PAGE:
Florida’s Black Bass Management Plan

Bass fishing is a “big deal” in Florida, especially in our north central region.  Of 2.8 million anglers fishing in Florida, 1.9 million were residents and 0.9 million were tourists from virtually every state and numerous countries. Anglers averaged 17.2 days per year fishing in Florida, for a total of 46.3 million days of quality outdoor recreation. Of those, 24.4 million days were spent on fresh water by 1.4 million anglers, and 23.1 million days were spent on salt water.

Trophy bass in the 10-pound range are not an unusual sight in North Central Florida rivers and lakes

Bass anglers spend more than 14 million days fishing in Florida each year, which generates $1.25 billion for the state’s economy (U.S. Department of Interior, 2006, Florida Edition). With 3 million acres of freshwater lakes, ponds and reservoirs, and 12,000 miles of rivers, streams and canals, Florida is a premier destination for bass anglers.

The Florida largemouth bass (Micropterus salmoides floridanus) is genetically unique and has been stocked worldwide because of its potential for rapid growth to trophy size (10 pounds or heavier). Every year, a few Florida anglers catch 13- to 15-pound trophy largemouth bass. Moreover, Florida has shoal (M. cataractae), spotted (M. punctulatus) and Suwannee bass (M. notius), each of which exists only in discrete areas and requires specific habitat and prey to maintain its populations. Programs such as the Black Bass Grand Slam promoted in BassMaster Magazine draw more attention to these limited populations – necessitating greater attention to conservation practices to ensure their sustainability.

TournamentGraph.jpgThe fishing public perceives Florida to be among the top bass fishing states, but the fishery and trophy fish availability are depleted from historic levels in many localities, as documented in big-fish tournament records over the past several decades (see graph). Numerous pressures challenge fish management, including human population growth and development, declining water quality and current water management and fish management policies. Climate change, including precipitation and sea level changes, may create additional impacts. Preliminary surveys of stakeholders indicate overall satisfaction with the fishery but some concerns about negative impacts on bass populations and fishing opportunities, and the need for an enhanced management strategy.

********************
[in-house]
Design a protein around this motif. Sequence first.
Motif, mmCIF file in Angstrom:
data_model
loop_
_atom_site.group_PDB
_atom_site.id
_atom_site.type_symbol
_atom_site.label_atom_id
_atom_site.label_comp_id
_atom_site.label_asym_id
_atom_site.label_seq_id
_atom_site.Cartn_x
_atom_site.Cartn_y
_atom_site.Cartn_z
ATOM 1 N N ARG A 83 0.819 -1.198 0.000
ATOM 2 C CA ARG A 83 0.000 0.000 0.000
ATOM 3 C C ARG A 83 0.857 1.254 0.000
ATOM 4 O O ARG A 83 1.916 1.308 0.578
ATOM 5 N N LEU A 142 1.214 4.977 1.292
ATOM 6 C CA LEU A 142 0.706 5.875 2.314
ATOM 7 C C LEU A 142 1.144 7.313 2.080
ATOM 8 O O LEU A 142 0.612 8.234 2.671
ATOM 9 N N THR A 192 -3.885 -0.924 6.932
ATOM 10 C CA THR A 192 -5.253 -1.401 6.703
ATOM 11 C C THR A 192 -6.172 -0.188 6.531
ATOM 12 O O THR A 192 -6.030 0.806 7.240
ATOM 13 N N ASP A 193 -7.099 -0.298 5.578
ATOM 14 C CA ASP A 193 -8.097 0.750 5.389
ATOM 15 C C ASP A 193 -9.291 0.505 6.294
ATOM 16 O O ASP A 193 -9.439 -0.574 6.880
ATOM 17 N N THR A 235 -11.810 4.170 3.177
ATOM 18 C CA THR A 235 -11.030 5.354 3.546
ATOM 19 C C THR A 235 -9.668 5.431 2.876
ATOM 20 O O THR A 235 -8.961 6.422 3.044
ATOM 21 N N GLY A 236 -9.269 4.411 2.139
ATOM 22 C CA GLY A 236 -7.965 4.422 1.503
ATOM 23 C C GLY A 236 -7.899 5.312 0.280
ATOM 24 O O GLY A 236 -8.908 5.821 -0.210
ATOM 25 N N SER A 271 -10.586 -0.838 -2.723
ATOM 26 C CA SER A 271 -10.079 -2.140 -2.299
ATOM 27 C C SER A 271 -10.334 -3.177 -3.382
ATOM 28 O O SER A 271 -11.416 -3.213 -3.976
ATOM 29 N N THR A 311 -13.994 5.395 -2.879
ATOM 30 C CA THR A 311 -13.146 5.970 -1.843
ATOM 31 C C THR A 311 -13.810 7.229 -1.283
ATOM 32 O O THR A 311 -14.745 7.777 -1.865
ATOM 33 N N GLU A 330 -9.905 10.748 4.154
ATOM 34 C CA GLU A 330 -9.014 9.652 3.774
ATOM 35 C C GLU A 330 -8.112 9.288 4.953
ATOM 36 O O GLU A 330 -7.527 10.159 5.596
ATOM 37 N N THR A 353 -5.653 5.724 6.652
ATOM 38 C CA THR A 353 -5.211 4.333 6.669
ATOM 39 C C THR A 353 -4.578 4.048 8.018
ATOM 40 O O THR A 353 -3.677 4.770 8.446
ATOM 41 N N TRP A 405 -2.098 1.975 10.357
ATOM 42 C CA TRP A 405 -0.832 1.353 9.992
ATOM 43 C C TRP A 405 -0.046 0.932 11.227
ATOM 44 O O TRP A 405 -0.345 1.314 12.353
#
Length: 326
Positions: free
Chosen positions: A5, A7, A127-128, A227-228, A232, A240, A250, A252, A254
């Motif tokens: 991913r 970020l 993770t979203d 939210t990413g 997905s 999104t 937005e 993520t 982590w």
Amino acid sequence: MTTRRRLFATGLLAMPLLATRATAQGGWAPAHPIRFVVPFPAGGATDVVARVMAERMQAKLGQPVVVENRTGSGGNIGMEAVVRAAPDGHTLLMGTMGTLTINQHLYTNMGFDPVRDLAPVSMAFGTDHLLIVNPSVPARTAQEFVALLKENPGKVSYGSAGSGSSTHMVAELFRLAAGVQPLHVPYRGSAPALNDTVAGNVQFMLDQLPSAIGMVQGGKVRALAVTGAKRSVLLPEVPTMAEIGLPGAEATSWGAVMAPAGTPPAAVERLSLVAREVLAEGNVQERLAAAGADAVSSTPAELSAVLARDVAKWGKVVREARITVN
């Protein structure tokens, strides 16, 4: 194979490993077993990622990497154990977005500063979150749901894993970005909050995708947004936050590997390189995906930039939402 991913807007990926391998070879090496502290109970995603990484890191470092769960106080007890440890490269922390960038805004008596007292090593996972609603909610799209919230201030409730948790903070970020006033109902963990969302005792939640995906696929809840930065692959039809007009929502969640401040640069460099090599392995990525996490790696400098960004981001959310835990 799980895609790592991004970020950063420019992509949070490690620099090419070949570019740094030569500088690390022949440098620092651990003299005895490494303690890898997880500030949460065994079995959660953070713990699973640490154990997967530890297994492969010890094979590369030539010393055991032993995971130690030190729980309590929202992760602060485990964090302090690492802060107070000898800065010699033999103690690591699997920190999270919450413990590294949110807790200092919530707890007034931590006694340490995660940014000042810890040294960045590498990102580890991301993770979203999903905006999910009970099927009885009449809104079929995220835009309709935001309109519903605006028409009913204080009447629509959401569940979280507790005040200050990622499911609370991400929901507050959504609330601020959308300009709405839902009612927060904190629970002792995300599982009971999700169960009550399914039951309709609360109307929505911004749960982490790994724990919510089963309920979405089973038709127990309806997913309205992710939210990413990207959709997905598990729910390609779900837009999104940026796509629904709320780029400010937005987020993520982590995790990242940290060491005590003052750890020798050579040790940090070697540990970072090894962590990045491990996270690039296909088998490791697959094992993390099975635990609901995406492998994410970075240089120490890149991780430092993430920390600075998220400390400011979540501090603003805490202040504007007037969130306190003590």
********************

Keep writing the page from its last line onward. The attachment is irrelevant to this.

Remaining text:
The Black Bass Management Plan  is action-based and will help FWC staff develop solutions for management issues such as habitat enhancement, aquatic plant management, fisheries regulations and appropriate stocking plans, while improving communications about angling ethics and opportunities, ensuring access, and reaching out to youth to keep them engaged in recreational fishing and conservation. The plan must be integrated with other local, state and federal programs. Effective implementation of the plan should also benefit fishing-dependent private businesses, including those that indirectly profit (e.g., gas stations, local grocers, motels and restaurants), and riparian land owners whose waterfront property values are affected by aesthetics and fishing quality.

Florida is recognized as the overall “Fishing Capital of the World” and by implementation of this plan seeks to become the undisputed “Bass Fishing Capital of the World” too.

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